What Makes a Triple-Three Pattern?
As the name suggests, a triple-three pattern has no less than three corrective waves, connected by two large x-waves. The same principle should apply here as well: All segments of the triple-three pattern are almost equal in size. If the double three was supposed to be time-consuming, you can imagine the time taken for a triple-three pattern to form! A lot of patience is required, but the goal is to trade the move that follows such a pattern.
As mentioned earlier, the more the pattern consolidates, the more powerful the move that follows is going to be. Therefore, both double and triple threes form as the second wave in an impulsive move, as the third wave, in this case, will be the one that is extended. A triple-three pattern can end with a triangle as well, and this is the most complex pattern that can form on the horizontal. It implies that the first two corrective waves are flat patterns, the two x-waves retrace more than 61.8% of the previous flat, and the last segment is a triangle.
To complicate things even further, imagine that the triangle has another triangle, of a lower degree, for the e-wave. This will result in the overall pattern having no less than 17(!) segments: six segments corresponding to the first two flat patterns, two segments for the two x-waves, four segments for the first four waves in the triangle, and five segments as the e-wave of the triangle. A proper labelling of a triple three that ends with a triangle should look like this: abc–x–abc–x–abcde. The last e-wave should be a triangle in its own right, of a lower degree, which should be labelled a–b–c–d–e. The third wave that follows such a pattern should be even bigger than the one that follows a double three pattern, and should travel far beyond the 161.8% extension needed in an impulsive structure.The same thing is valid for the fifth wave, in the event that the double and triple three is the b-wave of a zigzag. In this instance, the most likely case is that the zigzag would be an elongated pattern, due to the size of the c-wave.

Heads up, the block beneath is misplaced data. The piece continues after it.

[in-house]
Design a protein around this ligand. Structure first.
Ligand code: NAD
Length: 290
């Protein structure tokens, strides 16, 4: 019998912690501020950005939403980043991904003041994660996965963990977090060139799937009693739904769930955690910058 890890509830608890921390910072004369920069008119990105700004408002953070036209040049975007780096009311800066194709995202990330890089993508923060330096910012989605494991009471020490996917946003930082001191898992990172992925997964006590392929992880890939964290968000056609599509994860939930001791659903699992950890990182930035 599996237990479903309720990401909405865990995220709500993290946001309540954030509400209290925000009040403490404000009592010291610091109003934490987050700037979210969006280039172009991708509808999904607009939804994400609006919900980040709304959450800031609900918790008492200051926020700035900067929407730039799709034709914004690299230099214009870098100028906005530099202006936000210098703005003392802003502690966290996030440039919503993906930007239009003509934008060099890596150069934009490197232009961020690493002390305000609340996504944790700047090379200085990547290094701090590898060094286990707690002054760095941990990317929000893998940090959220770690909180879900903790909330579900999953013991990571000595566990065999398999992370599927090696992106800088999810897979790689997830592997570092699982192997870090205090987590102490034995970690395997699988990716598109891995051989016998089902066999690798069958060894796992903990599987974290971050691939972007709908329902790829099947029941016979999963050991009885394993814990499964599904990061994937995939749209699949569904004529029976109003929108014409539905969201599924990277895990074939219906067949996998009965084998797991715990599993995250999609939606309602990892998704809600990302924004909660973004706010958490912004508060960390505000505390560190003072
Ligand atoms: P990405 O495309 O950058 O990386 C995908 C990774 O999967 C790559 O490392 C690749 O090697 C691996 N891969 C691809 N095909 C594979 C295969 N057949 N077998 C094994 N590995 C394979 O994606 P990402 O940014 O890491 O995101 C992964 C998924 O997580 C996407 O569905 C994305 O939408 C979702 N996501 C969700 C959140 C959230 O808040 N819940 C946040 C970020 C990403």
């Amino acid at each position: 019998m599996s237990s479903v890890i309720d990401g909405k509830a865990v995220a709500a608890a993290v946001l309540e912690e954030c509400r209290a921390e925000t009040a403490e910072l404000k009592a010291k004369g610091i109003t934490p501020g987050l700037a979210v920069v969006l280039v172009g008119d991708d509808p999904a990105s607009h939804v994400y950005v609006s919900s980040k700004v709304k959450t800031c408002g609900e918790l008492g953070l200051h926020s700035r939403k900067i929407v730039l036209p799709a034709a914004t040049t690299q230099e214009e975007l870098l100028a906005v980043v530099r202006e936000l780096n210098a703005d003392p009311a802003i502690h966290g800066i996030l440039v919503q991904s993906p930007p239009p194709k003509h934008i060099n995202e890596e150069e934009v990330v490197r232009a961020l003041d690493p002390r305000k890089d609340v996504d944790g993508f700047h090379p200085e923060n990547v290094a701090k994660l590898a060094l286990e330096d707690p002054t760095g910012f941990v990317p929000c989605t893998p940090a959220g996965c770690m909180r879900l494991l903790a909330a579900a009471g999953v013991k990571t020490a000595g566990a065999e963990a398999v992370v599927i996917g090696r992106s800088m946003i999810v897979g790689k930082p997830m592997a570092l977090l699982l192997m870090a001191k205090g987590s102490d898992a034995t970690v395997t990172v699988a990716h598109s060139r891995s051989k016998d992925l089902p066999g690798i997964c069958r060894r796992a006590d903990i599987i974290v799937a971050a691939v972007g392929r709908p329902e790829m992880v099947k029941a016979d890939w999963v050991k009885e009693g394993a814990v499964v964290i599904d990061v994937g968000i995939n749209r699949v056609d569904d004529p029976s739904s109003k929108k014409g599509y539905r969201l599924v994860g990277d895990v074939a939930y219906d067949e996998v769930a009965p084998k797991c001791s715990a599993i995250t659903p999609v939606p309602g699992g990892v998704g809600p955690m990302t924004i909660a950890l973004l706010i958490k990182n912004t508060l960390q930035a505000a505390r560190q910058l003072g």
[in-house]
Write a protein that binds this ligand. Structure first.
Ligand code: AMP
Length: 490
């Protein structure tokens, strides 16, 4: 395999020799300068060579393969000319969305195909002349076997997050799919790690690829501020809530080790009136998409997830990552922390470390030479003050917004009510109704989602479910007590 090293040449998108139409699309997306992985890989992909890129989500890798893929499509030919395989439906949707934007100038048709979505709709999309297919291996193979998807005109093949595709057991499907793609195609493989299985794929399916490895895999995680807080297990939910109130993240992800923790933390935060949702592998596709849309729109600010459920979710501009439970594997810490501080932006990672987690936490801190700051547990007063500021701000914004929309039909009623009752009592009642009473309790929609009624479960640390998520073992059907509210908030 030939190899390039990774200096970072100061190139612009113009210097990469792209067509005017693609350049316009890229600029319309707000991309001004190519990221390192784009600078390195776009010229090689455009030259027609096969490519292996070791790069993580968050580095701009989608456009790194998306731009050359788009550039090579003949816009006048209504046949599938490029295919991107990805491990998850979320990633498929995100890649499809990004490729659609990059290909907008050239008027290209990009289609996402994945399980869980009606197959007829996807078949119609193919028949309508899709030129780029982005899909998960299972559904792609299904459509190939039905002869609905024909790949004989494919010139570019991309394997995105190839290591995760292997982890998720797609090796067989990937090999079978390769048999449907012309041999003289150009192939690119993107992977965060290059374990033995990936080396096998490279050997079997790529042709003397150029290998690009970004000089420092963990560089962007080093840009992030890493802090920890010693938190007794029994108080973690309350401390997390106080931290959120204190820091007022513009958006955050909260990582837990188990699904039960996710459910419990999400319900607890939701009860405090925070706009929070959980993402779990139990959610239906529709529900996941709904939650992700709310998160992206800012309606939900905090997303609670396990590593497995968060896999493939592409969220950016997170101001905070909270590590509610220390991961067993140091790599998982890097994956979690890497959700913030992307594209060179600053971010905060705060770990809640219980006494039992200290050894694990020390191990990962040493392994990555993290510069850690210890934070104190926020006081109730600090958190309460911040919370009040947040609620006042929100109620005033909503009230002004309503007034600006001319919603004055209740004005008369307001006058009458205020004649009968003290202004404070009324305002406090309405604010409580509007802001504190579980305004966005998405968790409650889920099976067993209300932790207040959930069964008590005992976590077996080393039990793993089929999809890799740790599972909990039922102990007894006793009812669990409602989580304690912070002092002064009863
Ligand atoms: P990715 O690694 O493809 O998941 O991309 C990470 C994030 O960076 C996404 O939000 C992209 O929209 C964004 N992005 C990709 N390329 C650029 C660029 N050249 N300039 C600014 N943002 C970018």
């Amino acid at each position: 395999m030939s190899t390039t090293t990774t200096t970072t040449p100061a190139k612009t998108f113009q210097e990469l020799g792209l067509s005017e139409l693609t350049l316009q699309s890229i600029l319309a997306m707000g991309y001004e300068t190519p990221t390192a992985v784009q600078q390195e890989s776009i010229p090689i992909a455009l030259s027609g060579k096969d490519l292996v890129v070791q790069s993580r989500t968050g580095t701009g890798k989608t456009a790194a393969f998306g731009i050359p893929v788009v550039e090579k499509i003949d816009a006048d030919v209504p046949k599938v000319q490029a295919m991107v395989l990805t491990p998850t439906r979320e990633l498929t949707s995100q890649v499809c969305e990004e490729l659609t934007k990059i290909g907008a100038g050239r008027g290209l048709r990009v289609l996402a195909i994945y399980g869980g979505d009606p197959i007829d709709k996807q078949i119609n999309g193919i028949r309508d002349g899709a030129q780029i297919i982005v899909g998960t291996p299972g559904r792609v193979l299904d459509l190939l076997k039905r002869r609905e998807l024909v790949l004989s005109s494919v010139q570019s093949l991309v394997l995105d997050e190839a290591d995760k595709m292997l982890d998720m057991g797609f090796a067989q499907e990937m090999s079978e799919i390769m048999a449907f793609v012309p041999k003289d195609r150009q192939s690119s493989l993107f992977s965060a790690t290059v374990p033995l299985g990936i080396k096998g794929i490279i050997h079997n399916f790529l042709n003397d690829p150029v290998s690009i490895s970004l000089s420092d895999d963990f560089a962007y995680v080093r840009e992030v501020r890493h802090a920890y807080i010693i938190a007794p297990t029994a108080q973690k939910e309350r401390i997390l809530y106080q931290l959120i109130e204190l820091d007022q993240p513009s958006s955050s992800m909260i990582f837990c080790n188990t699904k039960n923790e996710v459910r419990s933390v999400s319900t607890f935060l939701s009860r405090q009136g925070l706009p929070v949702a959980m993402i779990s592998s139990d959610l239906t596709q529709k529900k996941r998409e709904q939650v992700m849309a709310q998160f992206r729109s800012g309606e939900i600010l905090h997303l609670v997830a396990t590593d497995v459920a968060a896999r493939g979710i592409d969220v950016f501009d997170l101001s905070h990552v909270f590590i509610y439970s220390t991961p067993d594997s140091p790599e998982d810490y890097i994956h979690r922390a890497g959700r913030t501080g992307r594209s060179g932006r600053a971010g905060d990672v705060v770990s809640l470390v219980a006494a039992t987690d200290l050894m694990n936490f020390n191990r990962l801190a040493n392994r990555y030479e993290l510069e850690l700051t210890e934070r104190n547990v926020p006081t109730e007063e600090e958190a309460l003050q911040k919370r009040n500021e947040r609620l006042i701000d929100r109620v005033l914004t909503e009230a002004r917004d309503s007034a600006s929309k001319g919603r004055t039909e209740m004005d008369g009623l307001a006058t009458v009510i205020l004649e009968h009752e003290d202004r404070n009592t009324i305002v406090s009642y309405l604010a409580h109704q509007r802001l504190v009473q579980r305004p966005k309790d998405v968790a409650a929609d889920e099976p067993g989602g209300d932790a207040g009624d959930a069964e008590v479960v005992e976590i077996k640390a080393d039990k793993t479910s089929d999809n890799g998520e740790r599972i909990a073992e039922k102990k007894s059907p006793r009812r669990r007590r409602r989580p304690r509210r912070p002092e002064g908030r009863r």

With these two patterns, complex corrections with Elliott Waves theory are covered completely, and the only thing we still need to do is to take a closer look at the types of impulsive waves Elliott discovered. It is only normal to come back to where the whole theory started: a five-wave structure, corrected with a three-wave one.
Other educational materials
- How to Use Parabolic SAR to Buy Dips or Sell Spikes
- Bollinger Bands – Profit from One of the Best Trend Indicators
- Trading with the Cloud – Use Ichimoku Cloud to Spot Reversals
- Forex Market Terminology
- Profit from Forex Trading Using Different Trading Styles
- How to Set Up an Expert Advisor
Recommended further readings
- Theoretical notes on trade problems. Samuelson, P.A., 1964. The Review of Economics and Statistics, pp.145-154.
- Financing alternative development through double bottom line private equity funds & a real estate social investment framework Levy, J. E. (2005). (Doctoral dissertation, Massachusetts Institute of Technology).